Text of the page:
Sergeants Benevolent Association of the NYPD







Update on Contract Negotiations

Dear Fellow Sergeant,

We met with the City again today to review and discuss the viable proposal we made to settle the expired contract. While we are still in the process of talking and continuing to move forward, please understand that the numbers already agreed upon through the coalition deal remain in place.

Unfortunately, there have been numerous malicious and untrue rumors spread by naysayers who have no clue what has been taking place during these talks. Some of these rumors are addressed below. The fact is that these talks have never stalled – right up until today’s meeting.

How is it possible that a frontline supervisor in the world’s largest and most respected police department can take a promotion and be making less than their subordinates?

It happened through attrition bargaining. It is attrition bargaining that has brought us to this terrible place in negotiations. We are committed to a different path that seeks to fix the current system that forces newly promoted sergeants to take a pay cut. We have made a comprehensive proposal that will accomplish that in a way that fixes the problem going forward. That is what the parties are working on now.

To rectify the untenable situation the SBA was placed in by past negotiations, the current Board diligently went to work to break down the numbers to find a resolution that was fair and equitable to our membership and the City. What we offered to help correct this situation will easily cover the change in the first 4 pay steps. As a result, newly promoted Sergeants will finally be where they should be from a salary perspective considering all their added responsibilities.

Under the present way of doing business, the City has no option but to keep promoting new members to top pay, which, in essence, costs an additional $25 million with that number growing with each promotion class.

While we have all been victims of top pay going from 3 to 5 years over our careers, this type of situation cannot continue. The unfair pay disparity to Sergeants who were at the top of the list was clearly created by the City and should be corrected through a logical process, not through some type of giveback. The SBA board has given the city a path to correct this, and we hope the current City negotiators will do what is right and stop this fiscal injustice from further harming our members.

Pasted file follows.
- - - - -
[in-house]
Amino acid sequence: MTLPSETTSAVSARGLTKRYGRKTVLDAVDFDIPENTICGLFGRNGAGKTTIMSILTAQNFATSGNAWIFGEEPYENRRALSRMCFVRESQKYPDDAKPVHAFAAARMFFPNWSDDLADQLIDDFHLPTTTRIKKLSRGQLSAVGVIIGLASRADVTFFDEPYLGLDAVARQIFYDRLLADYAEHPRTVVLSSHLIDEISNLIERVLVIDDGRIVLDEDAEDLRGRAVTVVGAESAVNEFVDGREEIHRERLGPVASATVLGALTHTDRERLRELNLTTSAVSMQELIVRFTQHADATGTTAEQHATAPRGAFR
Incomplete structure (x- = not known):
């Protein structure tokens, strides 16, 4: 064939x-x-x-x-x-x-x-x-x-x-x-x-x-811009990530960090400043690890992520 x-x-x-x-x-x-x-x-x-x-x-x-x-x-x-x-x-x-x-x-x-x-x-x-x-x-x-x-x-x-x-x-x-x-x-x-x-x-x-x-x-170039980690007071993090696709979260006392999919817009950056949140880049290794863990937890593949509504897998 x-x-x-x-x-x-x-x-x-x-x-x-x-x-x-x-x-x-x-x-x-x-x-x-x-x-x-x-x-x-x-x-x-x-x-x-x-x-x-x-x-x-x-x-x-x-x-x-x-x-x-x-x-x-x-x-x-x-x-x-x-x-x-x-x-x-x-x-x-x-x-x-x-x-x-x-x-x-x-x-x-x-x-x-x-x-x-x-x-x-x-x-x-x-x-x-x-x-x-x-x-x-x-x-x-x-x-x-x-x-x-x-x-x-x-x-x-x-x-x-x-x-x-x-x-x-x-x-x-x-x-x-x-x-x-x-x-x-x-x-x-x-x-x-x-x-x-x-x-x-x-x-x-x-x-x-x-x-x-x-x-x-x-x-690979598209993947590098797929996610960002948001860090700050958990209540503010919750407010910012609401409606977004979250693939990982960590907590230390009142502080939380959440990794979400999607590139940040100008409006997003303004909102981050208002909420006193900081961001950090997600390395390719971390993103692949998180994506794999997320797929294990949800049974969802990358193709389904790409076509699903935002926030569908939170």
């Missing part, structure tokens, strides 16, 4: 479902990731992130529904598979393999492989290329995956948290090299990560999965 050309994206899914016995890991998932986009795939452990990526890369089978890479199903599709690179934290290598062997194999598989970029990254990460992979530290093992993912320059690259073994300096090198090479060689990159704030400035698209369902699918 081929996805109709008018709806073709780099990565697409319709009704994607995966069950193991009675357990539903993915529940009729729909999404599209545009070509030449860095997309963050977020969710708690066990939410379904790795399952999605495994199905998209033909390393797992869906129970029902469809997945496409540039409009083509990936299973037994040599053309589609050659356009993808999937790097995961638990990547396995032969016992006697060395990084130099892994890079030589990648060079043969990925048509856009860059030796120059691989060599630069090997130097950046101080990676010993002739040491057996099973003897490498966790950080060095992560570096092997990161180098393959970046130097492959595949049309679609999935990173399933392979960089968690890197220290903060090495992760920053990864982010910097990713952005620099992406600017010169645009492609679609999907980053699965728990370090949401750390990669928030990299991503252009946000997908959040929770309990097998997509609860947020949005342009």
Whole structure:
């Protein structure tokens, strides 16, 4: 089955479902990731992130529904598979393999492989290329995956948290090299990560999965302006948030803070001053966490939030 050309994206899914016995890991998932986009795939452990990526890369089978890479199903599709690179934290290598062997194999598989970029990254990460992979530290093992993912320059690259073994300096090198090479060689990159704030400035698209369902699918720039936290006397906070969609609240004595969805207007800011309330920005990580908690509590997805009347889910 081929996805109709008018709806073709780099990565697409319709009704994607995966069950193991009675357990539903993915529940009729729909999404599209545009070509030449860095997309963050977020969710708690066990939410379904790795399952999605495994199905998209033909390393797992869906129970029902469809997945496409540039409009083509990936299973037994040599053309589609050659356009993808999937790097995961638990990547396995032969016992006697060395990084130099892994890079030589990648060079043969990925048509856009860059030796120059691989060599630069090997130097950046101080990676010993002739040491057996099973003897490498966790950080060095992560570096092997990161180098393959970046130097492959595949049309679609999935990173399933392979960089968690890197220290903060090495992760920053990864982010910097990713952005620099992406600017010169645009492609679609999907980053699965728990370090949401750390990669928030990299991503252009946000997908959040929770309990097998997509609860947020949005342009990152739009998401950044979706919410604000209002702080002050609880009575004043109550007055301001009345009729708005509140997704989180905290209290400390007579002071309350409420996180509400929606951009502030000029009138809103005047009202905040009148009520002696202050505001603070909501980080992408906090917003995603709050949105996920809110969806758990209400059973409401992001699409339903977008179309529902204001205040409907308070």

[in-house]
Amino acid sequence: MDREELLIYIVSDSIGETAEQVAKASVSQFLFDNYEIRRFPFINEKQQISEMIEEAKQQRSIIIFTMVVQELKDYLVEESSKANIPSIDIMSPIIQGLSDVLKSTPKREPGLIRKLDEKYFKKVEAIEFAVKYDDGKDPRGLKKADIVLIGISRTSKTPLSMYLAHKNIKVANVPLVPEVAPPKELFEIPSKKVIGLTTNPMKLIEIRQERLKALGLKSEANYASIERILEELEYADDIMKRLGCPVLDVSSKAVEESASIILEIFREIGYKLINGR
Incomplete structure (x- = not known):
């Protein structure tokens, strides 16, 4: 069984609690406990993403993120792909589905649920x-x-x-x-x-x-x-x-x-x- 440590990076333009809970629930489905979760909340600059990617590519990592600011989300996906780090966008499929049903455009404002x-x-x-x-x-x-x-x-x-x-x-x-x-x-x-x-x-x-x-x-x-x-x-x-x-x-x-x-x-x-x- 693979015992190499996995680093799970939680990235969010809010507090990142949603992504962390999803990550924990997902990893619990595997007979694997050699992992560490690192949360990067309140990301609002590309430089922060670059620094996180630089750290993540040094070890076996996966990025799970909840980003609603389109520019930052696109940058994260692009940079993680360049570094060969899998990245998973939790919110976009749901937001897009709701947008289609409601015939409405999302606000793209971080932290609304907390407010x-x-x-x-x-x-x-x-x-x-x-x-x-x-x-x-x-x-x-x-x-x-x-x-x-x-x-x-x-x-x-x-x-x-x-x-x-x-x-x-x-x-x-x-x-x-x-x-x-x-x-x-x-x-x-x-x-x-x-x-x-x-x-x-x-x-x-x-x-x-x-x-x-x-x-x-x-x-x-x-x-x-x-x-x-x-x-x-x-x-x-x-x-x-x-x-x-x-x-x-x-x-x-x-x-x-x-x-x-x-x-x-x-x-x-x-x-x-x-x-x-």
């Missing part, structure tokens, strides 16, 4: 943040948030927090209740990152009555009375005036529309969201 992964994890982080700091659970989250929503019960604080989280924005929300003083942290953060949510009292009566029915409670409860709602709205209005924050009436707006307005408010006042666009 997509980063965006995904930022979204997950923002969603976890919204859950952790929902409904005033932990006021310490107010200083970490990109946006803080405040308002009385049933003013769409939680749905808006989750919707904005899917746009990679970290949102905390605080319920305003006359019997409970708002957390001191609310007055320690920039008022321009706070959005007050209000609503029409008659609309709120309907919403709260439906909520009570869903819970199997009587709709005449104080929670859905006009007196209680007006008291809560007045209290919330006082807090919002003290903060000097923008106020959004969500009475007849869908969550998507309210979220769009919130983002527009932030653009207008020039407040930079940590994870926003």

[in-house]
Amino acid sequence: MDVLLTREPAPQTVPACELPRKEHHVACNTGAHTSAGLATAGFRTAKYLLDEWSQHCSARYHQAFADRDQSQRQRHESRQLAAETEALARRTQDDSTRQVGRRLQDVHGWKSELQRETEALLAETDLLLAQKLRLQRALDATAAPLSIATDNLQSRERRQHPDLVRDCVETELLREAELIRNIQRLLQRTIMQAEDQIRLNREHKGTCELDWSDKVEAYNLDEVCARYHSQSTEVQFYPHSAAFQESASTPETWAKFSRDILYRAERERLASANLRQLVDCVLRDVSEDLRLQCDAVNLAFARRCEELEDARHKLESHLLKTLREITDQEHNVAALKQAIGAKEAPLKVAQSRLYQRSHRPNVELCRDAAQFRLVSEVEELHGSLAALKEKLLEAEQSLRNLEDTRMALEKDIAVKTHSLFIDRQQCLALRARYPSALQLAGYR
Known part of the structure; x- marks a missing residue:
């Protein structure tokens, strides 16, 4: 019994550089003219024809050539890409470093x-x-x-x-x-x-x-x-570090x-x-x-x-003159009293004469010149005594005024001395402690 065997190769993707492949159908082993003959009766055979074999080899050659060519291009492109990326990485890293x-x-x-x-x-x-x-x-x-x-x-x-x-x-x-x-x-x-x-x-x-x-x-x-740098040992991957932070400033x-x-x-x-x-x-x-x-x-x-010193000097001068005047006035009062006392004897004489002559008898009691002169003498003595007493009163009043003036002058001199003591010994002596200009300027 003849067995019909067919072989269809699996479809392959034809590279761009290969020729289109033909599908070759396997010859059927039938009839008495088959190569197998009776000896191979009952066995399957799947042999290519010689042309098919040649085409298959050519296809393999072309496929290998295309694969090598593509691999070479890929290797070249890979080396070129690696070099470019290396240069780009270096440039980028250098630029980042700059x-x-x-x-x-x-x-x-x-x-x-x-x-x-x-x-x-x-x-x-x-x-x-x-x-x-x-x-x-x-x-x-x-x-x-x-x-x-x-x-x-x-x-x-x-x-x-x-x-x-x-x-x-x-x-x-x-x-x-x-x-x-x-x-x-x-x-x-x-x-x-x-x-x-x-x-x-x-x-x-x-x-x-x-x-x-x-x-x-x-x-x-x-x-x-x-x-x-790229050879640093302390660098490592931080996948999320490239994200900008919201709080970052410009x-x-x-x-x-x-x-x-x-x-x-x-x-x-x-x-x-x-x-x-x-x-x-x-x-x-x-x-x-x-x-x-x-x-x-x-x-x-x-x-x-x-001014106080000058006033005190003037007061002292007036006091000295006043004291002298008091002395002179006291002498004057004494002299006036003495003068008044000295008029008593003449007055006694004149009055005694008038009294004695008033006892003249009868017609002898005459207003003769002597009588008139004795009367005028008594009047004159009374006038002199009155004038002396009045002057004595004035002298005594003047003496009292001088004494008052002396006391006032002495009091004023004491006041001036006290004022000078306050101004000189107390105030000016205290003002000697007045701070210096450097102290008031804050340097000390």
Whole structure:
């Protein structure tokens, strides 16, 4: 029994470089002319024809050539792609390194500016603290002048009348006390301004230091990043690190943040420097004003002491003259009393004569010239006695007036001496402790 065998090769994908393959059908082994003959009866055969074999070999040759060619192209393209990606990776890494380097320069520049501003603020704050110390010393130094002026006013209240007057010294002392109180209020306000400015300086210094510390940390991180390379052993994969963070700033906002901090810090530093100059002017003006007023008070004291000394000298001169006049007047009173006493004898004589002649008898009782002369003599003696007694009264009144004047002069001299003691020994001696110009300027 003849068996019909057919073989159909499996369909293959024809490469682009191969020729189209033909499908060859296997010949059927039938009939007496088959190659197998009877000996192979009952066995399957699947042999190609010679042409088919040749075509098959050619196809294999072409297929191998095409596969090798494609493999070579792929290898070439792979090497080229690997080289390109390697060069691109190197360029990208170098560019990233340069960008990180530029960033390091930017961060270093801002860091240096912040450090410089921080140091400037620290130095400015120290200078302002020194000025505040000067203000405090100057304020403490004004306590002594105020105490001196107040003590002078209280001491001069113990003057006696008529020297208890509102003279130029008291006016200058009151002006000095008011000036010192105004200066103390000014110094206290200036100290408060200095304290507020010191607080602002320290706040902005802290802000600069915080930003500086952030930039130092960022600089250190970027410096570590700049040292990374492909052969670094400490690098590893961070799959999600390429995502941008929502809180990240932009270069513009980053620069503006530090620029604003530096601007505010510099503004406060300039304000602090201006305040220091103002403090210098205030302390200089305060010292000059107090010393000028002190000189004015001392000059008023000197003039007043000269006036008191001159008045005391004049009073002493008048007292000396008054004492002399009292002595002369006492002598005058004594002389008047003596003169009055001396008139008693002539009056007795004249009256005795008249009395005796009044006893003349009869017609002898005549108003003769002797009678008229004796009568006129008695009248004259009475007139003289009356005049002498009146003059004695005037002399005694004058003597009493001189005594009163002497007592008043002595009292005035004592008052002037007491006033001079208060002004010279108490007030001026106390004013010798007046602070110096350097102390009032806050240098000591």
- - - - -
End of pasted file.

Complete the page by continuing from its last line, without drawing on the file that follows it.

This Board has a responsibility to present a fair contract to the whole of the membership and that has been our goal. While I understand some of the concerns, please realize we too are affected by this contract. It would be irresponsible to place the concerns of any fringe groups over the general membership. The time is now to correct this egregious inequity once and for all, and we are determined to do just that.

Thank you for your understanding and support. We will keep you apprised of all future developments as they occur.

Questions & Answers to Concerns

Sergeants will not receive the same increases that the other police unions have received/ there is a time limit to accept the increases that other police unions received.

The SBA, as part of the uniformed coalition, agreed to the basic wage increases in June. Those increases are set in stone. The coalition deal does not have an expiration date. The increases to base pay will be 3.25% effective December 10, 2021; 3.25% effective December 10, 2022; 3.5% effective December 10, 2023; 3.5% effective December 10, 2024; and 4.0% effective December 10, 2025. The outstanding issues that are still being discussed are the salary schedule and ancillary benefits.

We should sue.

There is no violation of our contract or current civil service law that would support a lawsuit. The City has lived up to all provisions of our current collective bargaining agreement. All parties agree that the current situation where junior sergeants are making more than senior sergeants and in some cases Police Officers are making more than sergeants is not fair but there is no violation of law.

It’s a Civil Service law that a Supervisor must make more than those they supervise.

There is no such law on the books.

Why are recently promoted sergeants making more than those promoted prior to them?

Although there is no law on the books that a sergeant must make more than a police officer, the Department has established a practice that on the date of promotion those promoted must receive an increase, regardless of contract settlement dates. Since the PBA and DEA have settled their respective contracts, their current salaries are higher than all but Step 6 in the Sergeants salary schedule, so to receive an increase newly promoted sergeants are placed at Step 6.

All sergeants who are not at top pay will be elevated to top pay once the contract is agreed upon.

Although this is something that the SBA is seeking, it has been turned down by the City. The City has submitted adjustments to the current salary schedule that do not contain a permanent solution, but just a temporary fix. We have submitted proposals to the City to permanently correct the salary scale so that the disparity in pay is corrected in to the future.

There will be no retroactive pay.

Any agreement will contain retroactive pay for the basic wage increases already agreed upon. Retroactive pay will be based upon the increases of 3.25% effective December 10, 2021; 3.25% effective December 10, 2022; and 3.5% effective December 10, 2023. As of December 10, 2023, a top pay sergeant would receive approximately $12,000 (gross) in retroactive pay.



Vincent J. Vallelong
Sergeants Benevolent Association